This is one biography I thoroughly enjoyed reading.
Click on the image to go to the Amazon page.
On this day in 1643, Cromwell won the battle of Gainsborough. The English Civil War had begun the year before. Charles I had fled London with his family to Hull in Yorkshire, but being ejected from there, had set up in Nottinghamshire. The Rollestons of Nottinghamshire, who had in earlier times held royal office, now as simple squires raised a regiment in support of the king. This Frances Rolleston remembered as part of her family history.
Not all gentry supported the king, and not all commoners supported the war against the king. The situation was far too complicated for that. It included matters of religious freedom (especially concerning the Scottish Presbyterians and Charles I's efforts to formalize the Anglican liturgy) and political freedom (Scotland, Ireland and England were all involved) and the organization of the English government (changes to limit the king's power).
Two hundred years after the English Civil War had passed into history, Frances found it interesting enough to read about—for fun. This from a letter of 1856:
"For relaxation I am deeply engrossed, in my usual fashion, with two books at once, Carlyle's and Merls D'Aubigné's 'Cromwell,' one mad first-rate, the other pious, calm, second-ratism."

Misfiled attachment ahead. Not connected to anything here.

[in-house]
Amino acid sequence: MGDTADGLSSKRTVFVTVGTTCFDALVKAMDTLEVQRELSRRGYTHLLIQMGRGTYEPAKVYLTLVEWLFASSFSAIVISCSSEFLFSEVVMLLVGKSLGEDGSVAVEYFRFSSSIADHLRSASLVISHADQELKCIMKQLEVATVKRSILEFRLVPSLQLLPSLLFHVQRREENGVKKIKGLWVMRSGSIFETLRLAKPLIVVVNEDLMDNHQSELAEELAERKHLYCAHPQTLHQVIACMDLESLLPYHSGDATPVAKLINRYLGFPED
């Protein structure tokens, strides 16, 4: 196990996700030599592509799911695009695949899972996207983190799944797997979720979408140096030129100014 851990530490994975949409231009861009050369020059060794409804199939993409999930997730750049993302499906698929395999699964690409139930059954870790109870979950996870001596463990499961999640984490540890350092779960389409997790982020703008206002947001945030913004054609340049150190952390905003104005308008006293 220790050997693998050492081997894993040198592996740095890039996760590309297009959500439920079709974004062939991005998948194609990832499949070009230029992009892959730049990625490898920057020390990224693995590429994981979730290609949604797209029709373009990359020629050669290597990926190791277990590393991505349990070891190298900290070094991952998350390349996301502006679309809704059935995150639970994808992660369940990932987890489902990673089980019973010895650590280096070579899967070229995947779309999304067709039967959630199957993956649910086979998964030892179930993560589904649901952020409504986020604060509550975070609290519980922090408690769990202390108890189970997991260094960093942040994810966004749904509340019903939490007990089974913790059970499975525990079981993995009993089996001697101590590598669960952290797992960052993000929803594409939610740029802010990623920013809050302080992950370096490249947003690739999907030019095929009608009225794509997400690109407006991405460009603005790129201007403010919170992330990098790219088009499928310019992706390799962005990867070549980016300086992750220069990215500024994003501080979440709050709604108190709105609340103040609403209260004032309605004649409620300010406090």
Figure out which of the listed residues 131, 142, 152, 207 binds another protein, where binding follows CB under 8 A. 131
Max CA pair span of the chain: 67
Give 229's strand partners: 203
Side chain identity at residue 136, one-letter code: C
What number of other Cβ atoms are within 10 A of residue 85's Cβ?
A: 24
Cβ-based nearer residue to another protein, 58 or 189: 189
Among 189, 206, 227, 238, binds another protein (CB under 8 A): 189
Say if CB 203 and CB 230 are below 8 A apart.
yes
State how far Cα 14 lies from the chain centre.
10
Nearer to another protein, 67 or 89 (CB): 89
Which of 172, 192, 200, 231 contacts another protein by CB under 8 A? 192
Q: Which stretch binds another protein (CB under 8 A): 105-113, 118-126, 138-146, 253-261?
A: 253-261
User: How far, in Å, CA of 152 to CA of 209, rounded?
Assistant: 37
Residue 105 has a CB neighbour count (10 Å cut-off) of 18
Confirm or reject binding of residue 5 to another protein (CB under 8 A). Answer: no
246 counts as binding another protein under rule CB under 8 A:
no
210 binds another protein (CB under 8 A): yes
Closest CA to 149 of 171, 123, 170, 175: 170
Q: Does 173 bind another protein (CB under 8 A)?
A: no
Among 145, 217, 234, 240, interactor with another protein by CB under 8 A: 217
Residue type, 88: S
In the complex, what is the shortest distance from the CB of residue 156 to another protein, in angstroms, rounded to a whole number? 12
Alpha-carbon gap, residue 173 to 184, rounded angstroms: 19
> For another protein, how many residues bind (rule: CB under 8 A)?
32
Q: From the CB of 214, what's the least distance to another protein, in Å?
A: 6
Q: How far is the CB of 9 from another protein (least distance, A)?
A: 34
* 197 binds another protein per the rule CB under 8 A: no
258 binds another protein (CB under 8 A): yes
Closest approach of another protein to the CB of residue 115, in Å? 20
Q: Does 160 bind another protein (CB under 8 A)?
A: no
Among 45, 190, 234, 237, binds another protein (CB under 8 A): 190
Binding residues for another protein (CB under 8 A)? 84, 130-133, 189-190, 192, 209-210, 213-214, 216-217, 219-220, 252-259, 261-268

Here's a link to the Wikipedia article on the English Civil War.
September 22, 1863
FR writes a long letter to her niece who is about to be married. The bridegroom has the distinction of "Anglo-Saxon Professor," which FR holds in higher respect than a peerage, and so after a paragraph of good wishes, the letter is devoted to her love of Anglo-Saxon history.
The following three books listed here with links for either reading online or purchasing, were among those FR had read:
History of the Anglo-Saxons by Sharon Turner. 1852. 3 volumes.
Harold, The Last of the Saxon Kings by Sir Edward Bulwer-Lytton
History of the Anglo-Saxons by Sir Francis Palgrave
In addition to these, FR mentioned "a very amusing little Anglo-American book, 'The Courtship of Miles Standish,' in which Longfellow included 'a delightful scene between "Alfred the Truth-Teller" and the Mariner-discoverer of the North Polar Sea." And she finishes with this surprising note: "My hero Alfred was well sketched there, and what a fine head he has! beyond 'all Greek, all Roman fame,' for manly beauty."
FR related a story from her childhood and her mother's childhood:
"You perhaps never heard my mother's story of an alarm fire in Baker's Court, when she was about twelve years old. Her father met her coming down stairs half clad, but with her new beaver hat and feathers on her head, and tucked up in her petticoat her last new book, the Arabian Nights' Entertainments.
"In consequence of this story, when our grandmother Rolleston asked me what book she should give me, I chose that, to the no small horror of sage and elderly relatives."
What do you think? Read Arabian Nights' Entertainments online and see if it is suitable for a twelve-years-old child.
Because of her love for children and interest in young mothers, FR often recommended books for children. One writer she felt to be entirely safe was the American James Fenimore Cooper.